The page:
Soon after the IUD insertion, Jennifer wanted to address another common problem – her tanking libido. Her diminished sex drive was starting to cause marital friction, so she approached her primary care physician for some help, and she walked away with a prescription for Wellbutrin, an antidepressant now commonly prescribed off label for weight loss, smoking cessation and, yes, sex drive. Like many medications, antidepressants can be prescribed for all sorts of other reasons, including sleep, nerve pain, hot flashes and night sweats, anxiety and migraine headache relief, among others.
“I think Wellbutrin can be a life saver to get a woman back on track and help with the libido,” Jennifer says. “When I was on the birth control pills, I didn’t even want to be touched, by my husband or my children. I would literally be cringing. It was horribly upsetting. I knew I had to do this for my children. I have to be present.”
Still, Jennifer discontinued the Wellbutrin after about six months. She found the initial benefits to her sexual desire and mood declining as time went on, and she didn’t want to end up in a cycle of increasing the dose over and over again to maintain the same effect.
The journey for effective treatment and quality care continues for Jennifer, who plans to seek additional help for her symptoms, especially sex drive and feeling low at times.
“I still feel like we have to get to the root problem, which is imbalance of the hormones,” she says. “I may ask for testosterone supplementation. And I may pursue HRT.”
Though she’s still navigating the medical system and may end up trialing yet more options to treat her symptoms, that hasn’t extinguished the flame for progress in promoting understanding about perimenopause – a passion Jennifer now holds dear. She’s become quite the advocate – adding content that specifically addresses menopause to her YouTube audience of hundreds and educating her children about what this all means. In fact, her kids even help out with her YouTube video production.
“Let me tell you how educated my boys are. I am empowering and educating my boys,” she affirms. “They need to know, and as mothers, we should be teaching our sons and daughters that this is something that will come – just like we tell them puberty is coming.”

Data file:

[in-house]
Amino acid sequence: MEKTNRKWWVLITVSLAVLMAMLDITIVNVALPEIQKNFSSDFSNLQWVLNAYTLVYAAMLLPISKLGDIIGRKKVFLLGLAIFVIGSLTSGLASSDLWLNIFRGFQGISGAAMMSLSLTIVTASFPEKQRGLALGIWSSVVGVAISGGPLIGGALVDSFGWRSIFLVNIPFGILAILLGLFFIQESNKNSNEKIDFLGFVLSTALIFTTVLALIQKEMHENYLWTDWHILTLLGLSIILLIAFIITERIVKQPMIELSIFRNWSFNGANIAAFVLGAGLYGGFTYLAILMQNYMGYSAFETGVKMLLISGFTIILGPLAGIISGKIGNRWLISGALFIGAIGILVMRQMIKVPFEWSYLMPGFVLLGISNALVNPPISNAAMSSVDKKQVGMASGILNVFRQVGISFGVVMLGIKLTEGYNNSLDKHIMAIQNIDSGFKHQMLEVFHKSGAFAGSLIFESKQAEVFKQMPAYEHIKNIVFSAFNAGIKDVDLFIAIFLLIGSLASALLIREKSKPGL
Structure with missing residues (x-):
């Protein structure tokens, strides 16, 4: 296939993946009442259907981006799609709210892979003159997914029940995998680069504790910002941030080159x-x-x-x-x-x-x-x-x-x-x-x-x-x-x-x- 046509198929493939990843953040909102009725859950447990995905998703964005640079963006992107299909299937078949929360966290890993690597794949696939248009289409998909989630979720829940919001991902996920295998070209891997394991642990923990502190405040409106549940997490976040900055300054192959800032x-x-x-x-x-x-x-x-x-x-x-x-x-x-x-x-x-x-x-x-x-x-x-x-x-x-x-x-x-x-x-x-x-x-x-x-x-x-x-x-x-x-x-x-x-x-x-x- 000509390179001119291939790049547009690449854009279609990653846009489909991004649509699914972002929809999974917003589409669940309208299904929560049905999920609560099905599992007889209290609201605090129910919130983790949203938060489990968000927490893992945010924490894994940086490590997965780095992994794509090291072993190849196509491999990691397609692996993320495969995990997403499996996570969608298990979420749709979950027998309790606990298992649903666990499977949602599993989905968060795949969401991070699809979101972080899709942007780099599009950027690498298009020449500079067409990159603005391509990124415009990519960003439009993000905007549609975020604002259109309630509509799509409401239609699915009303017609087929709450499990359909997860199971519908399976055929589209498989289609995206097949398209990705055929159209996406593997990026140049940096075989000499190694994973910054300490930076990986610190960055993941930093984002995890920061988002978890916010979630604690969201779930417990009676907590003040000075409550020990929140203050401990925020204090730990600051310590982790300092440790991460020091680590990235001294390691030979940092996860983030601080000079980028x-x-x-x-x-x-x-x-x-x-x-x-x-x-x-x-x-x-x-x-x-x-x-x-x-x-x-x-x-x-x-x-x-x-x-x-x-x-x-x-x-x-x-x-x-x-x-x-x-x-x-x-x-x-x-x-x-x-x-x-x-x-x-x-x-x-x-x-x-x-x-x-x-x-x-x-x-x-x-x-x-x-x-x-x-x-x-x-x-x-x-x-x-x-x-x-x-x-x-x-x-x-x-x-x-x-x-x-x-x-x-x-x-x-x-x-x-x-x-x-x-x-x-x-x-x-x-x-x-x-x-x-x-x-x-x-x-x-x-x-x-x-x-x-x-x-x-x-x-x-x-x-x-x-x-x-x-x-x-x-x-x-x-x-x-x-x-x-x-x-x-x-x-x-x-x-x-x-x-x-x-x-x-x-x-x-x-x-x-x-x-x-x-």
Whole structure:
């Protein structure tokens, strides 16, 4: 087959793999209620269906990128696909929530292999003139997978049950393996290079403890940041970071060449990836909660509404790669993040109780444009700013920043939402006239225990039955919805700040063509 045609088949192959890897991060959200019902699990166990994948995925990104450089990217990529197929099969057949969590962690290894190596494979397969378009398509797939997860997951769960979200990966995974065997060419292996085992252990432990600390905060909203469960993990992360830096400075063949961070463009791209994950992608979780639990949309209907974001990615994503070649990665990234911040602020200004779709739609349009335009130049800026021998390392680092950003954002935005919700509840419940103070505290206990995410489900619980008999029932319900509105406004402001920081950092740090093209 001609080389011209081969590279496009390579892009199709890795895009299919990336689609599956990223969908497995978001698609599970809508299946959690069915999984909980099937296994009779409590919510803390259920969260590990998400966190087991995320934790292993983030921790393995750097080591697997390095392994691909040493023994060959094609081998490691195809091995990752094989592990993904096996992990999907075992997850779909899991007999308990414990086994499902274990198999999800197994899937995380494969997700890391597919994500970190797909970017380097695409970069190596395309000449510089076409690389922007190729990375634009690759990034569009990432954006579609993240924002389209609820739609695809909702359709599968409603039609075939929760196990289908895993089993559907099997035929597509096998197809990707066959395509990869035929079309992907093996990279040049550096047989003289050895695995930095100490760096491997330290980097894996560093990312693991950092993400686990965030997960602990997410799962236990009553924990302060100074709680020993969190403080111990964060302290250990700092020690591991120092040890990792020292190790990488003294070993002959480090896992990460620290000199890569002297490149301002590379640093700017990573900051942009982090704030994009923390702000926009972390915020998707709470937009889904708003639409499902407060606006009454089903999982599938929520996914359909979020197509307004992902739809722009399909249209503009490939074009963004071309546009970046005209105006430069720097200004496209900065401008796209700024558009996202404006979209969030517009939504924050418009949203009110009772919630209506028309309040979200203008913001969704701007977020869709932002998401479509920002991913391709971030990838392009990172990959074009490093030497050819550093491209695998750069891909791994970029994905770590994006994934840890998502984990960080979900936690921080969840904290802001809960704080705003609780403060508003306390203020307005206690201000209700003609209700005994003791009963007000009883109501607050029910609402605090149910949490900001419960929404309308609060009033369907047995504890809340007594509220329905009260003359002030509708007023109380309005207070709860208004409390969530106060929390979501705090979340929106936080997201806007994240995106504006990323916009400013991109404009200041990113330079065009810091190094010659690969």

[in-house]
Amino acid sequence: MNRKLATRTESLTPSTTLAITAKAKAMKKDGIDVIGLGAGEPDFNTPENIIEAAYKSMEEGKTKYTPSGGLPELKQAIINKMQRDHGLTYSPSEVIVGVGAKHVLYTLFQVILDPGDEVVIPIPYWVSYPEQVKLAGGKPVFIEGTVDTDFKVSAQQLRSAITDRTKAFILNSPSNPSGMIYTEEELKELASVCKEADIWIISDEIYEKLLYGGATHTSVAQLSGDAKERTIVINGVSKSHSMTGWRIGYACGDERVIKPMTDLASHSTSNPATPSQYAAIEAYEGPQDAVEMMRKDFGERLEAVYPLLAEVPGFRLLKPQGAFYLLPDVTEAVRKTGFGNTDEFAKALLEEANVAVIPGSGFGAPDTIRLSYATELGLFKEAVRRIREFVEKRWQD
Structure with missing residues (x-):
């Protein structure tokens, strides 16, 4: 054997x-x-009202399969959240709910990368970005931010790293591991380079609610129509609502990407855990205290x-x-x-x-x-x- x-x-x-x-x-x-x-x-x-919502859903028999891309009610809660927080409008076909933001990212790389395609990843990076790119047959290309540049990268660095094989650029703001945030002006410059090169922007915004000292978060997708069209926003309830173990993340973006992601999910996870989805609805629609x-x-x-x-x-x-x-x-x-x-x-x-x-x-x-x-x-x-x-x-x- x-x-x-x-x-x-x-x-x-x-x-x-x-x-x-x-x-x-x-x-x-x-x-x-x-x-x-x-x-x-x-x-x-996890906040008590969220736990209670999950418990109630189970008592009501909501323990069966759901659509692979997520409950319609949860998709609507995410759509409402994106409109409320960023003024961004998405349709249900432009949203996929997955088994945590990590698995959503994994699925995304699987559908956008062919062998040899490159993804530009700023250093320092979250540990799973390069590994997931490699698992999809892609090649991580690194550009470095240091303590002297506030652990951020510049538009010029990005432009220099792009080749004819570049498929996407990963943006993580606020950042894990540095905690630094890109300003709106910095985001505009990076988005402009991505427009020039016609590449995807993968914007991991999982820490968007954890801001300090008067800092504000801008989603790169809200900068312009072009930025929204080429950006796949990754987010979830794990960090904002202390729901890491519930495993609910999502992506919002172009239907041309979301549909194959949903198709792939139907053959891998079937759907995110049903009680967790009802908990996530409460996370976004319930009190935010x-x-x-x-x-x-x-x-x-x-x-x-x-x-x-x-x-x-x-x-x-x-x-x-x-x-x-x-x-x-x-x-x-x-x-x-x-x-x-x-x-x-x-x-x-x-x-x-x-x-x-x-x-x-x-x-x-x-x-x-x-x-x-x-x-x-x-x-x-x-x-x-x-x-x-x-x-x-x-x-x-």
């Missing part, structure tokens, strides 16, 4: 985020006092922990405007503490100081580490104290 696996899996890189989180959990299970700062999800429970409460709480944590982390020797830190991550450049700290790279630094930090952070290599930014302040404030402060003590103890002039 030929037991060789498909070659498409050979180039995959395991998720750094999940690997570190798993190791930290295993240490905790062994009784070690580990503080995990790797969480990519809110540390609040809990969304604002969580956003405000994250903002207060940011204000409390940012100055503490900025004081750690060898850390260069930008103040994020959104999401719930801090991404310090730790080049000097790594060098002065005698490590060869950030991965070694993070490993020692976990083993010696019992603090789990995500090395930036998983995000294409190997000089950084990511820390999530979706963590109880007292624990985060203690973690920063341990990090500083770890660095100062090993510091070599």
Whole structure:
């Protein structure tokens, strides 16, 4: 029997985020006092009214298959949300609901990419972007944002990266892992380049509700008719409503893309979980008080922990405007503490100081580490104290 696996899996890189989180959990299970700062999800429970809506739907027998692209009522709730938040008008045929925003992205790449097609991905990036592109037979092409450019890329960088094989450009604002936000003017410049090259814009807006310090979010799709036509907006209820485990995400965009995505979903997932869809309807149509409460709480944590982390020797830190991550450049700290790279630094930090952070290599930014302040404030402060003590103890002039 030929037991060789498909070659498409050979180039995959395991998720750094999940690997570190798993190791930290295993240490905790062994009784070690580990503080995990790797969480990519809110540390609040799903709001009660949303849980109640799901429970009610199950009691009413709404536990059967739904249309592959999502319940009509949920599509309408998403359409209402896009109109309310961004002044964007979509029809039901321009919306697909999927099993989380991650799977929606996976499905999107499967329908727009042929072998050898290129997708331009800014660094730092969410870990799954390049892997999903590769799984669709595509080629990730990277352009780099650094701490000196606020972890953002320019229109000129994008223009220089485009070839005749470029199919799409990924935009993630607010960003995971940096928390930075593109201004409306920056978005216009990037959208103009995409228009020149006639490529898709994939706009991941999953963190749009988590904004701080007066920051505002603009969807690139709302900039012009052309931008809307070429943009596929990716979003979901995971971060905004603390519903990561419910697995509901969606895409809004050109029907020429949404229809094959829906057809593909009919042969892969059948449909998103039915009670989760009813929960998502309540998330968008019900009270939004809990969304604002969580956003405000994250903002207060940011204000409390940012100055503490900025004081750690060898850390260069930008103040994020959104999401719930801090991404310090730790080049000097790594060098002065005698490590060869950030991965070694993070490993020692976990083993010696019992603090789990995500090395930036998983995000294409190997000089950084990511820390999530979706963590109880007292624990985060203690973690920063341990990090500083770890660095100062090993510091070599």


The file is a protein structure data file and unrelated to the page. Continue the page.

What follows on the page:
Though some days are difficult, and she knows the road forward in her final destination to official menopause may be more years in the making, Jennifer finds moments of joy and humor in all this. For example, one day she overhead her 13-year-old son talking to his 8-year-old brother, saying, “Mom’s having a hard hormonal meno day. She’s going through puberty in reverse.”
Key Tips from Jennifer
Learn for yourself and advocate tirelessly.
“Our providers are not educated, and it’s not their fault. Unless they’re educated as a GYN or take steps to educate themselves, it’s not going to happen. Science hasn’t delved into it enough to figure it out for us.”
Find an outlet for self-care, emotional release and mental clarity.
“Meditation is my saving grace. I’m trying to really share with women that meditation can do wonders as well. To meditate, you don’t need to be spiritual or religious. It’s more about the breathing, the silence and being able to become still, and just focus on yourself – it is self-care. It’s your gift that you can do for yourself.”
Discover the right doctor or care team for you.
“I’ve been through six doctors. Find the doctor who is going to advocate for you, give you that support and help you find what you need. I do think it should be a woman and, more importantly, a woman who has gone through menopause. I am for you firing your doctor and finding one that works for you.”
Jennifer’s Perimenopause and Menopause Videos on her DivineThreeFold YouTube Channel
Symptoms of Menopause: Update on IF and ‘Are You Serious’? Vertigo
The 3 Most Important Tips to Help You Get through Menopause
Symptoms of Menopause – Diet and Exercise
Symptoms of Menopause – IUD for Perimenopause?
Pilates Strength and Stretch for Menopause Symptoms
Symptoms of Menopause: Can You Believe He Said That?
Meditation for Acceptance: For Help with Peri/Post/Menopause Symptoms
Menopause Weight Gain Full Body Workout